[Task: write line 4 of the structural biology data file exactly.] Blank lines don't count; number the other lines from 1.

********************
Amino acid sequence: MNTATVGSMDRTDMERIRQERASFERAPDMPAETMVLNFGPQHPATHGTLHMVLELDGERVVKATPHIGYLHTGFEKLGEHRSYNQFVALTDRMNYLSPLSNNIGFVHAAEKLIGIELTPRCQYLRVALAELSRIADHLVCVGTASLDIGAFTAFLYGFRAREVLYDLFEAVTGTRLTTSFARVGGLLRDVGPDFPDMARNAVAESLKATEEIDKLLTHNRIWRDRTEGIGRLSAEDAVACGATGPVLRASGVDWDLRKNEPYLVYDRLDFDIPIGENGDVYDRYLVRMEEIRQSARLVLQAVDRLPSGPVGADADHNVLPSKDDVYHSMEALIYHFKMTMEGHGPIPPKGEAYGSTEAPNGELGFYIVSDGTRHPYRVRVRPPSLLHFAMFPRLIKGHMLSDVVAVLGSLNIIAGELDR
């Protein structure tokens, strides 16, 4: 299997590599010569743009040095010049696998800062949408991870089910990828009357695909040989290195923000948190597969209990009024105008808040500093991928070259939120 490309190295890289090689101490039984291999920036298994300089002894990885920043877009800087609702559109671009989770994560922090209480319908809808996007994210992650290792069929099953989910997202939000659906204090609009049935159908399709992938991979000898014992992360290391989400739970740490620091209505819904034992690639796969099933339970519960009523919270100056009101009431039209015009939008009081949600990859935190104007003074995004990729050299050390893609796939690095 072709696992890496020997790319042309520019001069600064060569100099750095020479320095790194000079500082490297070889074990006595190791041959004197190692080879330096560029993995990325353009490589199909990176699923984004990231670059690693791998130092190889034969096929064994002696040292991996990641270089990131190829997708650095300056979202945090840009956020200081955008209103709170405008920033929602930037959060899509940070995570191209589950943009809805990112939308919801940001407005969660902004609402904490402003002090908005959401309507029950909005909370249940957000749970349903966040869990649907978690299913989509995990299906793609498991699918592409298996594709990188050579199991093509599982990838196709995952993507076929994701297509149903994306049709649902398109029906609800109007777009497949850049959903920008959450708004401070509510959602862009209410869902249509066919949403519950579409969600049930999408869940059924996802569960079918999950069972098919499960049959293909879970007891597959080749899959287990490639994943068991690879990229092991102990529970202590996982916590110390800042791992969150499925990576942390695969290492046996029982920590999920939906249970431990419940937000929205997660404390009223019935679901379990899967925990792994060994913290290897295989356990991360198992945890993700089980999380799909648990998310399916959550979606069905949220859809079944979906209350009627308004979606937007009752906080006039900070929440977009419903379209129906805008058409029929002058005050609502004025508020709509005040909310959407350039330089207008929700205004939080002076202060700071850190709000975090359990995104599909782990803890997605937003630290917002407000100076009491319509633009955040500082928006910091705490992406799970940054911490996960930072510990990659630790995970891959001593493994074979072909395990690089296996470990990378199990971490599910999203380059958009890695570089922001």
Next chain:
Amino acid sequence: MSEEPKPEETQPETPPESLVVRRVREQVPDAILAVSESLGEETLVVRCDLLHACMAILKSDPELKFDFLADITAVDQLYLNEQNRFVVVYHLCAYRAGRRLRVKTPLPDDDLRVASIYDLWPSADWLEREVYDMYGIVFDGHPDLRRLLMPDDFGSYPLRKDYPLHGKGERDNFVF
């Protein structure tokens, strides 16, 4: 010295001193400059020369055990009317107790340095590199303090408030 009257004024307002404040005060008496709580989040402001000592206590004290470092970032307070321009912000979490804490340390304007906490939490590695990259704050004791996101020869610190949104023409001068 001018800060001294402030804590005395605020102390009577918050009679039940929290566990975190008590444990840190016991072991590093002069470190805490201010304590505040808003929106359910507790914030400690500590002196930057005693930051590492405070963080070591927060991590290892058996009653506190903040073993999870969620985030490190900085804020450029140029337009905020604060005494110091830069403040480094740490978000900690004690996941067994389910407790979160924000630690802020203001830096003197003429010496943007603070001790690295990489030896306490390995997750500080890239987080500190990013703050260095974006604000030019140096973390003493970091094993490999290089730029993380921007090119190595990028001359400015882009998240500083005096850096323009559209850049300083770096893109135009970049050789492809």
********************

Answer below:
Amino acid sequence: MSEEPKPEETQPETPPESLVVRRVREQVPDAILAVSESLGEETLVVRCDLLHACMAILKSDPELKFDFLADITAVDQLYLNEQNRFVVVYHLCAYRAGRRLRVKTPLPDDDLRVASIYDLWPSADWLEREVYDMYGIVFDGHPDLRRLLMPDDFGSYPLRKDYPLHGKGERDNFVF